This is one tiny little critter that can be a major problem in our hot area, as they love it when it is hot. Fortunately, spider mites are less of a problem as the weather begins to cool down. The spider mite is actually a relative of the spider family. Spider mites look like tiny flecks of salt and pepper on the backsides of foliage. Watch out for roses that are growing against the house or block wall where they get afternoon sun, as this is a prime condition for the spider mite. The plant can defoliate quickly when spider mites are out of control. I have very good success with keeping spider mites minimized by using the water wand on a daily basis during very hot weather. Avid is a great product for controlling spider mites.

Aphids
These little critters love the tender new foliage of the rose plant. They can suck out the juices, and they will leave behind a sticky secretion that can attract ants. One spray of Orthene early in the bloom cycle will usually combat aphids, and then spray again later on an as needed basis. For those with many roses, a better produce for aphids is Merit, available from rosemania.com.

Caterpillars
Sometimes caterpillars can be controlled simply by picking them off of the rose bushes. This takes vigilance. If they get out of control, apply a spray of Orthene, or Diazinon in the cooler months.

Thrips
Thrips are so tiny that they are barely visible on the rose blooms. They favor light-colored rose blooms. They suck the juice from the petals and the damage they create makes the petals look dirty. Orthene works well for control of thrips. Avid works well too. Here is a very educational link to UC Davis that tells about thrips.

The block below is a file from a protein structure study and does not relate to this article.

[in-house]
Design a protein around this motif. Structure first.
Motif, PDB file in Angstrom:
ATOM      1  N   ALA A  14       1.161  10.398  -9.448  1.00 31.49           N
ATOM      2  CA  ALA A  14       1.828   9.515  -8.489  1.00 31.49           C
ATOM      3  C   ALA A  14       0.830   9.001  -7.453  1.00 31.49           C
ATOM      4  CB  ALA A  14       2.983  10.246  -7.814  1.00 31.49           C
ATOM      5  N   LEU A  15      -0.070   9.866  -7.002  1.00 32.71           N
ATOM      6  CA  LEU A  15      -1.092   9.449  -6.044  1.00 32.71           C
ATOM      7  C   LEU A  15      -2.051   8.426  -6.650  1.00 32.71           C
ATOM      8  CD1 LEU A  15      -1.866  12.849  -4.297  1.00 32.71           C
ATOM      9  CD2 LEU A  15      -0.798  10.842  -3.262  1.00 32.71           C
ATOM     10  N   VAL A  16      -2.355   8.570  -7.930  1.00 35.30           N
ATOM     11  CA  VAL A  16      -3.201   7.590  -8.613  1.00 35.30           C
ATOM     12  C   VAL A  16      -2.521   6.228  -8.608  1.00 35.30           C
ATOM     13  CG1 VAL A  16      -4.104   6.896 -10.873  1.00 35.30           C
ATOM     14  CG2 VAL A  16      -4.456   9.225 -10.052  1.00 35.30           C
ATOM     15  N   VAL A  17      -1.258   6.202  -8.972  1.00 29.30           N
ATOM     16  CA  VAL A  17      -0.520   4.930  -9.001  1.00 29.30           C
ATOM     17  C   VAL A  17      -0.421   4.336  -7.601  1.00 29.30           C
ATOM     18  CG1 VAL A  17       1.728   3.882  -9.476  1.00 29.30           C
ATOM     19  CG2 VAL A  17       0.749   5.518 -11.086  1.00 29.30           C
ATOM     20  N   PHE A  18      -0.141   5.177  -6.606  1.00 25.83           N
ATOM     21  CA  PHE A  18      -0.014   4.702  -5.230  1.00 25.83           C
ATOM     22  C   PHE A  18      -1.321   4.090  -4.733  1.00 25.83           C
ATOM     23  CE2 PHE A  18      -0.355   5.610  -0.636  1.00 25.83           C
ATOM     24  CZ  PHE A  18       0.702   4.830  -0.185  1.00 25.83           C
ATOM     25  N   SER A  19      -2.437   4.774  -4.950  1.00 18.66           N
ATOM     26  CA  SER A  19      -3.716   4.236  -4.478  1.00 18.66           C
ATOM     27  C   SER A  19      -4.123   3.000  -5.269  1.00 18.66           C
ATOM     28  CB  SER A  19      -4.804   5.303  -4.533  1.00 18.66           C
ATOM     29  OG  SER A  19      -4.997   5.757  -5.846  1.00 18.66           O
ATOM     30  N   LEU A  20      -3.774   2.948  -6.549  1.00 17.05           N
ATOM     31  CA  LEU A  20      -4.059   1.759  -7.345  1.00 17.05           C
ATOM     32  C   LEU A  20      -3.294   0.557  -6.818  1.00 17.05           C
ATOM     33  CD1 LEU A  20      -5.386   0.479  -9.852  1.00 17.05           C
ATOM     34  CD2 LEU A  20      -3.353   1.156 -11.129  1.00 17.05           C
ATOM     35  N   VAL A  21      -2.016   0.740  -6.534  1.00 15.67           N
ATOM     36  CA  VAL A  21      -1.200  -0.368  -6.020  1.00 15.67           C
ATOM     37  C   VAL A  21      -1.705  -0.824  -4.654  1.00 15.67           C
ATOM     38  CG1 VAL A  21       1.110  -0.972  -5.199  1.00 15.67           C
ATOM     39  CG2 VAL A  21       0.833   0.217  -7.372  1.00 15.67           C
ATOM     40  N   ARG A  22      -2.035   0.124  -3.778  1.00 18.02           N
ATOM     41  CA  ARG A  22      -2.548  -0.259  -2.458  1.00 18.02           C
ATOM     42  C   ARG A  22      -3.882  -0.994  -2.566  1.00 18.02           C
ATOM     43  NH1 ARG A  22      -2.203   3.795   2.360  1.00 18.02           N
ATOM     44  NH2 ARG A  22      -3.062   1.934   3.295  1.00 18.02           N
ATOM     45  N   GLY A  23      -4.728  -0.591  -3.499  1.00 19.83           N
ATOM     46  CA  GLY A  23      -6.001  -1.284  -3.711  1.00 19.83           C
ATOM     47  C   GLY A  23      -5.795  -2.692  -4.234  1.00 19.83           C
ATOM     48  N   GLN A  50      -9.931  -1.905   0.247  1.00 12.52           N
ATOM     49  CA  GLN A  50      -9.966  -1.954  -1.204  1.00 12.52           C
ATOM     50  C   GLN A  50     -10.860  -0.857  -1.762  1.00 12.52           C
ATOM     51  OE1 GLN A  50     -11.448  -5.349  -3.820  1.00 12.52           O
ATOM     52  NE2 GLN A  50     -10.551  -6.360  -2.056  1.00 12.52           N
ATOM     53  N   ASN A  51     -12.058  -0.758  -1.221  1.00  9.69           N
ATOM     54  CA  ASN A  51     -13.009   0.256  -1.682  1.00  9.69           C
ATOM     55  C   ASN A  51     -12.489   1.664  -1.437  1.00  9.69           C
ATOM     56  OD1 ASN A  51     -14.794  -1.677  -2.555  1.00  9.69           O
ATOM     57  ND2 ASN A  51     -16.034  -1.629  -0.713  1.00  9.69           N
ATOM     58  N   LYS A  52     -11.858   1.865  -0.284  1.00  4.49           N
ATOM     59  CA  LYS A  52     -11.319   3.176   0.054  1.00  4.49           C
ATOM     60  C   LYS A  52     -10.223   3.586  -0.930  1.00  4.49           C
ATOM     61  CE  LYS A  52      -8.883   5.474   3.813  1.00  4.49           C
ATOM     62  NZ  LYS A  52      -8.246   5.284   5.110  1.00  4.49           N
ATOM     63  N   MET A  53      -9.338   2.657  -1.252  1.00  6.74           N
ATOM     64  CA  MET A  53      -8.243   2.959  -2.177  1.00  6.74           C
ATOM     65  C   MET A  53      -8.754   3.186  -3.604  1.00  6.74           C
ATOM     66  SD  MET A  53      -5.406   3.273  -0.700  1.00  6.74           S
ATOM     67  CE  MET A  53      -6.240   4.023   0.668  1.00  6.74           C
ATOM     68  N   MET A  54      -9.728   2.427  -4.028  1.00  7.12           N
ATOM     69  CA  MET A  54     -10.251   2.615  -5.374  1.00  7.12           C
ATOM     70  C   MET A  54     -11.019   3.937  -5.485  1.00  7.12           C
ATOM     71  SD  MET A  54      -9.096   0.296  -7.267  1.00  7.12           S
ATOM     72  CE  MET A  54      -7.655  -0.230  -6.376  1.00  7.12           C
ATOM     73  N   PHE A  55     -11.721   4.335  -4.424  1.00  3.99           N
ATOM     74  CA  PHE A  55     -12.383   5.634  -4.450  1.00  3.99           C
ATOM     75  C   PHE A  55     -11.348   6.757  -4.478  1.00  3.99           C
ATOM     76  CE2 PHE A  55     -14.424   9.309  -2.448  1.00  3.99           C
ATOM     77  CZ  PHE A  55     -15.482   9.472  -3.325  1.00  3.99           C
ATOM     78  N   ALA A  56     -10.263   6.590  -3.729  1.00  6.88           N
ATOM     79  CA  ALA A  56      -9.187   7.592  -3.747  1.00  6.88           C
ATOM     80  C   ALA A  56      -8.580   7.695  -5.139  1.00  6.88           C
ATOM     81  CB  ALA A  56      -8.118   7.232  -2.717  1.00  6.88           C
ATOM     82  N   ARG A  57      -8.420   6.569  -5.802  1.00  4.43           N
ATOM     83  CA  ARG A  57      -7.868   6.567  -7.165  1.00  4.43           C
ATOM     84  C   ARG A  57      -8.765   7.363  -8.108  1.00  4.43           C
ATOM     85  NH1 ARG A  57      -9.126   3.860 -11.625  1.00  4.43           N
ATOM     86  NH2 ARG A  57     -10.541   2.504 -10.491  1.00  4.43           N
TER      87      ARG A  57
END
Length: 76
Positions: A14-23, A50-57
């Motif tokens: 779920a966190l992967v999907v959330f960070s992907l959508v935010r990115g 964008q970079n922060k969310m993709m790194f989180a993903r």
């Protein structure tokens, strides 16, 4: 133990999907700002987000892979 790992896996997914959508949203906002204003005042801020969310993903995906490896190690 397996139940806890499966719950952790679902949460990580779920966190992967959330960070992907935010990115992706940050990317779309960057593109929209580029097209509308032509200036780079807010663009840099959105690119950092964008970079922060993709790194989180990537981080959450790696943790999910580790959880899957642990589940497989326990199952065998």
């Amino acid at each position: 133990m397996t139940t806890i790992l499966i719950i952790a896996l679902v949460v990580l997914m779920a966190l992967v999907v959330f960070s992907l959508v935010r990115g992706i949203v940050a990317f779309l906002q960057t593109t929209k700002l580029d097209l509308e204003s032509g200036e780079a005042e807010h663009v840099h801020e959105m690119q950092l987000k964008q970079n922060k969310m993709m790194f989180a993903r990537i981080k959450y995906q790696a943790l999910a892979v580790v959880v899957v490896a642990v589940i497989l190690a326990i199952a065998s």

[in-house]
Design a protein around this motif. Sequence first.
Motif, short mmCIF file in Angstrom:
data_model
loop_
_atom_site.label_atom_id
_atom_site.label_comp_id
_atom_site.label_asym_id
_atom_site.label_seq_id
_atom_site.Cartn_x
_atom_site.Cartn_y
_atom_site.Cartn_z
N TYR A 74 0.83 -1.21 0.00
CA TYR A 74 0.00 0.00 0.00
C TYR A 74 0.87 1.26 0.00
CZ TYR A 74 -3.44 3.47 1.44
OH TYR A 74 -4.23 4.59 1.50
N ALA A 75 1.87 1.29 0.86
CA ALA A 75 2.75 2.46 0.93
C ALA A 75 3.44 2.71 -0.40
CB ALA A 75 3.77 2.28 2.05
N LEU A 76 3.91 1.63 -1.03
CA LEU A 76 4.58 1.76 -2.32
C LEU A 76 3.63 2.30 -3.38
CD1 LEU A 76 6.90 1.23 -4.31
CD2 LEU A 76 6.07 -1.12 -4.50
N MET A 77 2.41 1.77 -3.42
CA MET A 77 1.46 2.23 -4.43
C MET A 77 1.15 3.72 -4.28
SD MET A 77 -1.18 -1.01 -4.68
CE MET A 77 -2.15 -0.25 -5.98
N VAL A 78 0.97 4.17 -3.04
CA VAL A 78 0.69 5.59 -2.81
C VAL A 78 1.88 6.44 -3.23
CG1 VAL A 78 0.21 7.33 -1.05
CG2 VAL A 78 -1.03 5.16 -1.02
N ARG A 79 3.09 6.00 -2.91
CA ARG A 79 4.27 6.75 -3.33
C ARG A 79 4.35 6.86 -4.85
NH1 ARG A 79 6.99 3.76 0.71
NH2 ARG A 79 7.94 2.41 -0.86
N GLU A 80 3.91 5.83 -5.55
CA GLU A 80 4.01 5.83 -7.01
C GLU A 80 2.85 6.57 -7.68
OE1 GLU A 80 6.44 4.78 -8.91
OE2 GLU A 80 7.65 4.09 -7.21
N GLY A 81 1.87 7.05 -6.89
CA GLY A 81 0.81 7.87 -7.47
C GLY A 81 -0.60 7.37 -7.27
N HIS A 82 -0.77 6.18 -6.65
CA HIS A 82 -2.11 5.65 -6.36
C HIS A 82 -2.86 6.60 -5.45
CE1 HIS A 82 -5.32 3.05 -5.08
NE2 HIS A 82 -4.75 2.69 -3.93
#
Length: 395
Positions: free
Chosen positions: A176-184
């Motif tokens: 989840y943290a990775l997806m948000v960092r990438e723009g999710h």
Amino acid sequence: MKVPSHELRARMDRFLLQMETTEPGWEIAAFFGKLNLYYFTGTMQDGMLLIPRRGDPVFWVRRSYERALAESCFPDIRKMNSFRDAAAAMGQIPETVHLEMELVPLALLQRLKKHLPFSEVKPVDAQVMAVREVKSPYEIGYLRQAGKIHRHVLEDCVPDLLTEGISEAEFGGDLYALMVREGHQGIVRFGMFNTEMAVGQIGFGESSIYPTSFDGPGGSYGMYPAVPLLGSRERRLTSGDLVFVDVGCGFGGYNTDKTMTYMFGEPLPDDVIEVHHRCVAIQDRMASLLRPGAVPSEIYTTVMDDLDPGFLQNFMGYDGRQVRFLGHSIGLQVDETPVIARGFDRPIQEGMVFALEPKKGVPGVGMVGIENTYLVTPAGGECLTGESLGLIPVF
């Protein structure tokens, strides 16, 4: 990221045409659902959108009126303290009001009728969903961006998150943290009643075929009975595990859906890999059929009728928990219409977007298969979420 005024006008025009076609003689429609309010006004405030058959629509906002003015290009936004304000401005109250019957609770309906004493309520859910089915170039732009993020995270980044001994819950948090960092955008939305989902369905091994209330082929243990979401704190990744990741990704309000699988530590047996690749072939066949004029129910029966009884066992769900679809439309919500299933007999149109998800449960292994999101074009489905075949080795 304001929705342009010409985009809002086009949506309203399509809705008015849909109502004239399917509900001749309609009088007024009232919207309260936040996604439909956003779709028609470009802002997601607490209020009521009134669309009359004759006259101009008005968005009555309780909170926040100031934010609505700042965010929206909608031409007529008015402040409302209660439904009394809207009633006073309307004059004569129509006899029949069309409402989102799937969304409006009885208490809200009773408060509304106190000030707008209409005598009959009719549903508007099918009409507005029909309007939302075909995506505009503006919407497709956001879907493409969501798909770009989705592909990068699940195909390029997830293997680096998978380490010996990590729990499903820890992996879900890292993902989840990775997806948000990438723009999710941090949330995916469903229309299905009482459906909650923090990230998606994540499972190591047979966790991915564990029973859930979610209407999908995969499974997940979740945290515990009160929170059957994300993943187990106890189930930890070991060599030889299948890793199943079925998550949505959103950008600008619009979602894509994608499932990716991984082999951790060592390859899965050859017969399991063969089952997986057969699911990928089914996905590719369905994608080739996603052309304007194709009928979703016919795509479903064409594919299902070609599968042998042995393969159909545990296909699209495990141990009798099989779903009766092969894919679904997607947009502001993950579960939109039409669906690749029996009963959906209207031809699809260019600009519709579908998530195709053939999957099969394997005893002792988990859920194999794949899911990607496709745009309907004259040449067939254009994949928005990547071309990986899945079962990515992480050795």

Chilli Thrips See this link.

Beetles
Luckily, we do not have Japanese beetles in Southern California. However, we do get June beetles and cucumber beetles during the summer, which only stay for a short time and are easy to control with Diazinon.

Cane Borers
A tiny wasp-like insect that drills holes in the rose canes and lays its eggs inside. Seal newly-pruned canes with white glue for prevention.

Scale Insect
Relatively unknown in most areas for many years, this insect has recently surfaced. San Jose Scale is particularly destructive to roses and is very difficult to get rid of. Use Orthene at times when they are active. In the winter dormant period, you will need to make at least two applications of a dormant horiticultural oil such as Sun Spray brand.

OTHER ROSE MALADIES
Herbicides such as Round-Up can cause severe, long-lasting damage and even death to rose plants if used improperly and too close to the rose plant. It is much better to pull the weeds from around the rose plant instead of applying a herbicide on the rose plant. A pre-emergent weed preventative such as Preen is very effective in keeping weeds away from the garden, and should be applied twice annually.

Keep a Clean Garden
Never use rose leaves for mulch, and never let diseased foliage lie on the ground. A clean garden is a healthy garden!


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© Copyright Kitty Belendez. All rights reserved.

Originally published in "Rose Ecstasy," bulletin of Santa Clarita Valley Rose Society, Kitty Belendez, Editor.

Photos © Copyright by Kitty Belendez

For questions about Santa Clarita Valley Rose Society, contact: Rose Society


Updated January 1, 2016
Cane Borer Damage on Rose Stem
Spider Mites on the front of rose foliage. Notice the damage to the top of the foliage.
Spider Mites on the back of rose foliage. This is a greatly magnified photo, and usually the spider mite is barely visible with the eye.
Rust on Rose Foliage
Powdery Mildew on Rose foliage.
Powdery Mildew on the rose bud and 
peduncle (neck and stem).
Mosaic Virus on rose foliage
Anthracnose on rose leaf
Leaf Cutter Bee Damage on rose leaf
Herbicide Damage on rose plant. Product such as Roundup was sprayed on or too near the rose bush.
APHIDS: This enlarged photo shows aphids on a miniature rose bud.
This is a Thrips (the word thrips always has an "s" on the end even when there is only one. The photo above is magnified at 250%, inside of an Evelyn bloom. 
Green worm and its damage to rose bud. Photo enlarged about 200%.

Root Gall on rose bush.
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Rose Mosaic Virus on a large bush of 'Gemini'.